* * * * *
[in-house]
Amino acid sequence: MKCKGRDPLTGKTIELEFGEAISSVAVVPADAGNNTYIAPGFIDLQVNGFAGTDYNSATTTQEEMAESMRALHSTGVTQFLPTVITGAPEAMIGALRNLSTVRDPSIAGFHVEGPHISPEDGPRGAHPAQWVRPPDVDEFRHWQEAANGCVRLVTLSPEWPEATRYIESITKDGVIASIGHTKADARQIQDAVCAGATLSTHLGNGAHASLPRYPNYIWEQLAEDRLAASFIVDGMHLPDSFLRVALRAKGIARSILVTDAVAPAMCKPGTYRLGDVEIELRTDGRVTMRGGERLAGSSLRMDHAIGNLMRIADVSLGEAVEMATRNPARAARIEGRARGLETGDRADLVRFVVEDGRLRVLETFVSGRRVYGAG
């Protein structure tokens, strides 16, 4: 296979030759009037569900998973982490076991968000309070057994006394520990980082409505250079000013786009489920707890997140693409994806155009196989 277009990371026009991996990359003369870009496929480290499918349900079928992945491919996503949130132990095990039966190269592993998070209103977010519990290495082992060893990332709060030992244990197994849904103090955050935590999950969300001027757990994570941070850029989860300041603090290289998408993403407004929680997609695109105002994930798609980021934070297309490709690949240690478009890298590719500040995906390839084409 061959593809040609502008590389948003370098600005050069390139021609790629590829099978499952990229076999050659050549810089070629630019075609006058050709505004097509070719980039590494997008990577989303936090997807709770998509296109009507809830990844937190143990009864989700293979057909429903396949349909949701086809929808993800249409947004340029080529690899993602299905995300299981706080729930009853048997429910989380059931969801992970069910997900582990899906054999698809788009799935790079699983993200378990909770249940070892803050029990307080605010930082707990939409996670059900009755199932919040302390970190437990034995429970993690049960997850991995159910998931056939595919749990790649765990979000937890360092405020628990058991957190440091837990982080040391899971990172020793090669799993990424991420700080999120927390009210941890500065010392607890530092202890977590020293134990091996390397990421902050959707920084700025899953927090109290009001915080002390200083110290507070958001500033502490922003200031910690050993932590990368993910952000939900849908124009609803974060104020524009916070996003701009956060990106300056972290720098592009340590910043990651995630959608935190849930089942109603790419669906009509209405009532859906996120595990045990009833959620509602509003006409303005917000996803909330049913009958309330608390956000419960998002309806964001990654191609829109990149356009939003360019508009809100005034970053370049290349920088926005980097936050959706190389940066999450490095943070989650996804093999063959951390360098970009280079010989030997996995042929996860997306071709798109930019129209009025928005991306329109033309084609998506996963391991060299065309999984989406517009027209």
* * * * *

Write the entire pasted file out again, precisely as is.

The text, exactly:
[in-house]
Amino acid sequence: MKCKGRDPLTGKTIELEFGEAISSVAVVPADAGNNTYIAPGFIDLQVNGFAGTDYNSATTTQEEMAESMRALHSTGVTQFLPTVITGAPEAMIGALRNLSTVRDPSIAGFHVEGPHISPEDGPRGAHPAQWVRPPDVDEFRHWQEAANGCVRLVTLSPEWPEATRYIESITKDGVIASIGHTKADARQIQDAVCAGATLSTHLGNGAHASLPRYPNYIWEQLAEDRLAASFIVDGMHLPDSFLRVALRAKGIARSILVTDAVAPAMCKPGTYRLGDVEIELRTDGRVTMRGGERLAGSSLRMDHAIGNLMRIADVSLGEAVEMATRNPARAARIEGRARGLETGDRADLVRFVVEDGRLRVLETFVSGRRVYGAG
């Protein structure tokens, strides 16, 4: 296979030759009037569900998973982490076991968000309070057994006394520990980082409505250079000013786009489920707890997140693409994806155009196989 277009990371026009991996990359003369870009496929480290499918349900079928992945491919996503949130132990095990039966190269592993998070209103977010519990290495082992060893990332709060030992244990197994849904103090955050935590999950969300001027757990994570941070850029989860300041603090290289998408993403407004929680997609695109105002994930798609980021934070297309490709690949240690478009890298590719500040995906390839084409 061959593809040609502008590389948003370098600005050069390139021609790629590829099978499952990229076999050659050549810089070629630019075609006058050709505004097509070719980039590494997008990577989303936090997807709770998509296109009507809830990844937190143990009864989700293979057909429903396949349909949701086809929808993800249409947004340029080529690899993602299905995300299981706080729930009853048997429910989380059931969801992970069910997900582990899906054999698809788009799935790079699983993200378990909770249940070892803050029990307080605010930082707990939409996670059900009755199932919040302390970190437990034995429970993690049960997850991995159910998931056939595919749990790649765990979000937890360092405020628990058991957190440091837990982080040391899971990172020793090669799993990424991420700080999120927390009210941890500065010392607890530092202890977590020293134990091996390397990421902050959707920084700025899953927090109290009001915080002390200083110290507070958001500033502490922003200031910690050993932590990368993910952000939900849908124009609803974060104020524009916070996003701009956060990106300056972290720098592009340590910043990651995630959608935190849930089942109603790419669906009509209405009532859906996120595990045990009833959620509602509003006409303005917000996803909330049913009958309330608390956000419960998002309806964001990654191609829109990149356009939003360019508009809100005034970053370049290349920088926005980097936050959706190389940066999450490095943070989650996804093999063959951390360098970009280079010989030997996995042929996860997306071709798109930019129209009025928005991306329109033309084609998506996963391991060299065309999984989406517009027209």